For the past 12 months, Saul Serrano has served as interim director of the South Coast Gang Task Force, and this Tuesday he gave his first presentation to the Santa Barbara City Council. Gang violence has been notably diminished in recent months, and while Serrano — an at-risk youth counselor with the Community Action Commission — took pains not to claim credit, he did point out that coordination between some of the disparate entities tackling the gang issue has increased.
The Task Force itself meets only four times a year, but a leadership council — made up of probation officers, school officials, intervention and prevention advocates, and city staff — are meeting more frequently to exchange notes on the roughly 150 minors on the South Coast serving probation with court-ordered gang “terms and conditions” and the 750 estimated to be at risk of falling into the gang life.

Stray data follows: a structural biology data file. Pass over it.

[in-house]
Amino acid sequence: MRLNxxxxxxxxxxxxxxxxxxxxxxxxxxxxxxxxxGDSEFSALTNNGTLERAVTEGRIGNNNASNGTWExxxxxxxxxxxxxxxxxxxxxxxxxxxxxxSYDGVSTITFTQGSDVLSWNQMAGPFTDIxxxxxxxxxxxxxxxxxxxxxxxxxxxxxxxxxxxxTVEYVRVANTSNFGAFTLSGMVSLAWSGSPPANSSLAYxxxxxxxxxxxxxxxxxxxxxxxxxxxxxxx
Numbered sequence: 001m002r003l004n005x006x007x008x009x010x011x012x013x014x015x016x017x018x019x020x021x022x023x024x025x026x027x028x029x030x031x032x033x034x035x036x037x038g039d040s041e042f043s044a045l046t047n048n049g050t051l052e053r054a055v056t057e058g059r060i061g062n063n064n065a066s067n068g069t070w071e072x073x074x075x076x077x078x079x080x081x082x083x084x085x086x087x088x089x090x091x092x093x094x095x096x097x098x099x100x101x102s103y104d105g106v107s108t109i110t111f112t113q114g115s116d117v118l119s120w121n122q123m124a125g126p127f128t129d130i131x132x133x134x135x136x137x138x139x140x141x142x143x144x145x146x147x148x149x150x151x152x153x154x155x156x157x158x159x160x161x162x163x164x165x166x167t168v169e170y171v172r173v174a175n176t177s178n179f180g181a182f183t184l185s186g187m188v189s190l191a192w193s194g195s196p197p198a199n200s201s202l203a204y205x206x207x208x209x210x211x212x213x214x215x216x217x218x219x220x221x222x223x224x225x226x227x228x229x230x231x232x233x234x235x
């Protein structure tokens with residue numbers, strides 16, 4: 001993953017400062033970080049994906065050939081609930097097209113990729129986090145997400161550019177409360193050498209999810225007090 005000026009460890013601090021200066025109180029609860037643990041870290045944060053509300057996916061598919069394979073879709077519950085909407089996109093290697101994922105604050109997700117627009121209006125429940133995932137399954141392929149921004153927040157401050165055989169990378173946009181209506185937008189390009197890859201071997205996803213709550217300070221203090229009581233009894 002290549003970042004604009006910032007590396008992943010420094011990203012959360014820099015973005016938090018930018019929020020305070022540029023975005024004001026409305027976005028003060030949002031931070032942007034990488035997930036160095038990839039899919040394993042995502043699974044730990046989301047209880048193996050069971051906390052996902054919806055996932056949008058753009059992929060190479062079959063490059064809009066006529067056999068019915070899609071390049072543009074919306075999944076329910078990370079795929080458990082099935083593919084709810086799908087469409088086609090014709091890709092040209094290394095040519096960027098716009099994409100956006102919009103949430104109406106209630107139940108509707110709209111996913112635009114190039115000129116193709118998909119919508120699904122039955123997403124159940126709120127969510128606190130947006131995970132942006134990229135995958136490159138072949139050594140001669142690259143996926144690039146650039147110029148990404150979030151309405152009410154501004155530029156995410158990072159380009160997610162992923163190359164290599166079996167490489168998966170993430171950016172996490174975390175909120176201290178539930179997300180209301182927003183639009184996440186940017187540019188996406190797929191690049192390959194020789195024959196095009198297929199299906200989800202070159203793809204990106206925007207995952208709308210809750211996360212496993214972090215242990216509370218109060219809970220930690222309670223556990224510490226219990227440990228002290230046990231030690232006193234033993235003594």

Leaving gang life, Serrano cautioned, is easier said than done, adding, “When we ask young men to do that, they’re putting themselves in danger.” One of the bigger problems confronting the 40 different organizations addressing gangs is how to share information without compromising a host of strict confidentiality rules that apply to law enforcement agencies, therapy providers, and anyone treating minors.
The task force has enlisted the services of a private software company that’s worked on developing systems allowing parking lot operators to conduct thorough background checks on attendants while keeping track of some very expensive machinery. Serrano took over as interim coordinator after his predecessor, an education specialist from Los Angeles, injured himself on the way to a meeting and resigned.